Water Transportation Occupations - What They Do

The movement of huge amounts of cargo, as well as passengers, in and out of U.S. waters and sometimes over the oceans depends on workers in water transportation occupations, also known as merchant mariners. They operate and maintain civilian-owned deep-sea merchant ships, tugboats, towboats, ferries, barges, offshore supply vessels, cruise ships, and other waterborne craft on the oceans, the Great Lakes, rivers, canals, and other waterways, as well as in harbors.

Captains, mates, and pilots of water vessels operating on domestic waterways or on U.S.-flagged deep sea ships command or supervise the operations of these ships and water vessels. Captains or masters are in overall command of the operation of a vessel, and they supervise the work of all other officers and crew. Together with their department heads, captains ensure that proper procedures and safety practices are followed, check to make sure that machinery and equipment are in good working order, and oversee the loading and discharging of cargo or passengers. They also maintain logs and other records tracking the ships' movements, efforts at controlling pollution, and cargo and passengers carried.

Deck officers or mates direct the routine operation of the vessel for the captain during the shifts when they are on watch. On smaller vessels, there may be only one mate (called a pilot on some inland towing vessels), who alternates watches with the captain. The mate would assume command of the ship if the captain became incapacitated. When more than one mate is necessary aboard a ship, they typically are designated chief mate or first mate, second mate, third mate, etc. Mates also supervise and coordinate activities of the crew aboard the ship.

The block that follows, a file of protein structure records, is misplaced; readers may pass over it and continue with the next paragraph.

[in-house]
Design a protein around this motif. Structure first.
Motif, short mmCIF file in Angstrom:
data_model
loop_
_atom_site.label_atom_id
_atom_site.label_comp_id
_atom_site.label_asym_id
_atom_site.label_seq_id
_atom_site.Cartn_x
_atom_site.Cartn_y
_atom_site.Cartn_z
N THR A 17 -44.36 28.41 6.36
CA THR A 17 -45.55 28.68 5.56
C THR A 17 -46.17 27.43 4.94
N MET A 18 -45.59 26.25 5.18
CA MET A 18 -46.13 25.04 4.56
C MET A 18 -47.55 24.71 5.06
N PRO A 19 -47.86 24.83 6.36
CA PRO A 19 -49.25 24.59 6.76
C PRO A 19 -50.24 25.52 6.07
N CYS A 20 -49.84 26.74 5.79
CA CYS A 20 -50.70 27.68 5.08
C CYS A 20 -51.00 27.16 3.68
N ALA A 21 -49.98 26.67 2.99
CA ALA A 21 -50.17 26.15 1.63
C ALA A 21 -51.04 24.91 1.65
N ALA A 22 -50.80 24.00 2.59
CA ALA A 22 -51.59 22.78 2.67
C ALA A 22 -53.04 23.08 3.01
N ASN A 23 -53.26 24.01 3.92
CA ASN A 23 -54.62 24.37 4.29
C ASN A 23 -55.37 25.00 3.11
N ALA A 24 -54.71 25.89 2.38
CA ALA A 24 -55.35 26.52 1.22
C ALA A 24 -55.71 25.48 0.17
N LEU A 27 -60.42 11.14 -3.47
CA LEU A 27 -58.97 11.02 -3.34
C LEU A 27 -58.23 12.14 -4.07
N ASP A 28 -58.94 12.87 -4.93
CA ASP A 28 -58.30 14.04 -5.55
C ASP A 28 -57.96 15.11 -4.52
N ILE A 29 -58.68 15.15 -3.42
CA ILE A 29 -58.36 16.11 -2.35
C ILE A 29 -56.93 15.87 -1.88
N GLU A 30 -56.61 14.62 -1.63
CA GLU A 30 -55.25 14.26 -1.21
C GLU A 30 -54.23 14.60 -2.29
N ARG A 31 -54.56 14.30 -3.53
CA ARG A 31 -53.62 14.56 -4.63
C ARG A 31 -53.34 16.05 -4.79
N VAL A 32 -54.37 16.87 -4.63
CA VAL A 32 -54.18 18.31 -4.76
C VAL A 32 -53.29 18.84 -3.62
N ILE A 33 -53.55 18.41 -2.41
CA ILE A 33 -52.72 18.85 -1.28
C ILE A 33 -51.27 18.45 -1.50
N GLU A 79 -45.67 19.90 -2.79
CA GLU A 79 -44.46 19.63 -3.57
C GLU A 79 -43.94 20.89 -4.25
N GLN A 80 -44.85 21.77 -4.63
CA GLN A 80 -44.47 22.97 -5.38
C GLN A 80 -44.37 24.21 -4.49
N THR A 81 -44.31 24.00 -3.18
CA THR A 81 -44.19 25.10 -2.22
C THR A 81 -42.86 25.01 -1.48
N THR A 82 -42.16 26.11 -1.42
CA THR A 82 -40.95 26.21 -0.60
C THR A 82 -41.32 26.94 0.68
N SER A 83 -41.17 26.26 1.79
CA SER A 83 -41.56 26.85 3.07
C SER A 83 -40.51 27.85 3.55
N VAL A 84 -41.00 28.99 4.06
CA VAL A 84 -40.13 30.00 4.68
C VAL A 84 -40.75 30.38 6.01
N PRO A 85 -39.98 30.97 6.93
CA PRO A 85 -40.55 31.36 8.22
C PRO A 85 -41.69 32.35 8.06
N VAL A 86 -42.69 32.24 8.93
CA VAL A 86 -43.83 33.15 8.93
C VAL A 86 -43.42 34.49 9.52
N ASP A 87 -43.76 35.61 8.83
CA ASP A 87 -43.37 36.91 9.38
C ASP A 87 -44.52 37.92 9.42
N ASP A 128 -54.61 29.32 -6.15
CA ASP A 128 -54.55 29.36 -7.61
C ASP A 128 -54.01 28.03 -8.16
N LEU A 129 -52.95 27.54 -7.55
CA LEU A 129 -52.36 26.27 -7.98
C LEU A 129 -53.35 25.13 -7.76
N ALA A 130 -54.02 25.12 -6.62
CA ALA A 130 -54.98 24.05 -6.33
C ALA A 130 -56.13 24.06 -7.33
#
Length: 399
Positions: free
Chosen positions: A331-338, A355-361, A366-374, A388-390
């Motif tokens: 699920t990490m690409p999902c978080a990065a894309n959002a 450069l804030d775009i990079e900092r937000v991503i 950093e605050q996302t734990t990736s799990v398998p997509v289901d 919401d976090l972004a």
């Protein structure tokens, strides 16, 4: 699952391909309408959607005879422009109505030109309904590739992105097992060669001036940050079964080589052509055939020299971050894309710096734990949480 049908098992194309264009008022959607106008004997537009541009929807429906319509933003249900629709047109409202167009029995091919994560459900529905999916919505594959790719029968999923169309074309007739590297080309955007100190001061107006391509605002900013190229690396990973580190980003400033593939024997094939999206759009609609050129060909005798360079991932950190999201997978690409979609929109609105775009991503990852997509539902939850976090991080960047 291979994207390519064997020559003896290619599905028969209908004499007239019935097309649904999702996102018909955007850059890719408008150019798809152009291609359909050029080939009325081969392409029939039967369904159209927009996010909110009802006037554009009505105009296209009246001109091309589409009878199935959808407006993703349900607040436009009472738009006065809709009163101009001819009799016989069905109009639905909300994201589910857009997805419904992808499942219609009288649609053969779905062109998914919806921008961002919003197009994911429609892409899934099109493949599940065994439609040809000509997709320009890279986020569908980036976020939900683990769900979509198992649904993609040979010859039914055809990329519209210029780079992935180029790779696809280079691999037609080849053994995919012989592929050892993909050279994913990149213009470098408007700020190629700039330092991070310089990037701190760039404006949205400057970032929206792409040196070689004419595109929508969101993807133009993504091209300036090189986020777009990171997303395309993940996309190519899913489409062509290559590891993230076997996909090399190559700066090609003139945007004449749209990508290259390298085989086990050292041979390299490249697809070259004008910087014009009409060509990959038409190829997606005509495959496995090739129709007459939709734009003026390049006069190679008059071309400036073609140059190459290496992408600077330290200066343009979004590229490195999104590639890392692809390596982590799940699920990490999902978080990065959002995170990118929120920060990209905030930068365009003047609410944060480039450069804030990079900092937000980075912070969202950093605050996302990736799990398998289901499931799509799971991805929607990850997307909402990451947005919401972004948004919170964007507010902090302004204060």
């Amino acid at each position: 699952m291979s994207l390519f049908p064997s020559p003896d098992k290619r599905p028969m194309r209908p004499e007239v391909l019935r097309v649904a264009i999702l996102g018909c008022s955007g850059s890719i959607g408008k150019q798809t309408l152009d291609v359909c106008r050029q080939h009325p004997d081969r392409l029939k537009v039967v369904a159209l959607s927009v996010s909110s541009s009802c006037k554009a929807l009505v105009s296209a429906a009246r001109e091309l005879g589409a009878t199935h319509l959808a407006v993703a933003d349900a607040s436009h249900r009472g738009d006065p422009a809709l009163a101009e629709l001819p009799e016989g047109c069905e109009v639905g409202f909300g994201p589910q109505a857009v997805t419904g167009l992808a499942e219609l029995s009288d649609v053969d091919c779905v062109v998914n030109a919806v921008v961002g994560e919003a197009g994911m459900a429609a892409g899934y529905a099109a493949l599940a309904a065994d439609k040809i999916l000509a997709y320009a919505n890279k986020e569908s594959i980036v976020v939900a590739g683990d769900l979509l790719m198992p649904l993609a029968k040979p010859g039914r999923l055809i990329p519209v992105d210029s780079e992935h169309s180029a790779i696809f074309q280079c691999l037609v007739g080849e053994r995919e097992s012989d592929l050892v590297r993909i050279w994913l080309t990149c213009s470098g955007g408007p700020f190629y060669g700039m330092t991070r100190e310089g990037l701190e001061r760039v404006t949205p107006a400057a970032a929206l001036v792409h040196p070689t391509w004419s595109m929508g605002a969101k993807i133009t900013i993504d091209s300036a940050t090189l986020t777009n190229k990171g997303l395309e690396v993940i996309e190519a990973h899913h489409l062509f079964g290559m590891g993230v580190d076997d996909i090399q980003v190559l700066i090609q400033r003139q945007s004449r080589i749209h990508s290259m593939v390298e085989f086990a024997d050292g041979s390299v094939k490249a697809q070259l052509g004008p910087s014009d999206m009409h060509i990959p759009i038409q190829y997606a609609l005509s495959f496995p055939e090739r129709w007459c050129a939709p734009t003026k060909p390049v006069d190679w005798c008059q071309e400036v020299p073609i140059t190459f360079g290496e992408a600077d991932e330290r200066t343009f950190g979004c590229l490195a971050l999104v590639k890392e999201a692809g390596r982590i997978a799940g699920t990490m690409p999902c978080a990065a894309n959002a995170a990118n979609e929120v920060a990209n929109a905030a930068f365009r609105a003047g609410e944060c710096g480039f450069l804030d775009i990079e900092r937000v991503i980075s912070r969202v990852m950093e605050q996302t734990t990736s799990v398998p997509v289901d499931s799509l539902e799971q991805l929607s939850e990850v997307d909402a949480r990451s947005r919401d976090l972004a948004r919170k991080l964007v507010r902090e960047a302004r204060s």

Captains and mates determine the course and speed of the vessel, maneuvering to avoid hazards and continuously monitoring the vessel's position with charts and navigational aids. Captains and mates oversee crew members who steer the vessel, determine its location, operate engines, communicate with other vessels, perform maintenance, handle lines, and operate equipment on the vessel. They inspect the cargo holds during loading to ensure that the load is stowed according to specifications and regulations. Captains and mates also supervise crew members engaged in maintenance and the primary upkeep of the vessel.

Pilots guide ships in and out of harbors, through straits, and on rivers and other confined waterways where a familiarity with local water depths, winds, tides, currents, and hazards such as reefs and shoals are of prime importance. Pilots on river and canal vessels usually are regular crew members, like mates. Harbor pilots are generally independent contractors who accompany vessels while they enter or leave port. Harbor pilots may pilot many ships in a single day.

Ship engineers operate, maintain, and repair propulsion engines, boilers, generators, pumps, and other machinery. Merchant marine vessels usually have four engineering officers: A chief engineer and a first, second, and third assistant engineer. Assistant engineers stand periodic watches, overseeing the safe operation of engines and machinery.

Marine oilers and more experienced qualified members of the engine department, or QMEDs, assist the engineers to maintain the vessel in proper running order in the engine spaces below decks. These workers lubricate gears, shafts, bearings, and other moving parts of engines and motors; read pressure and temperature gauges; record data; and sometimes assist with repairs and adjust machinery.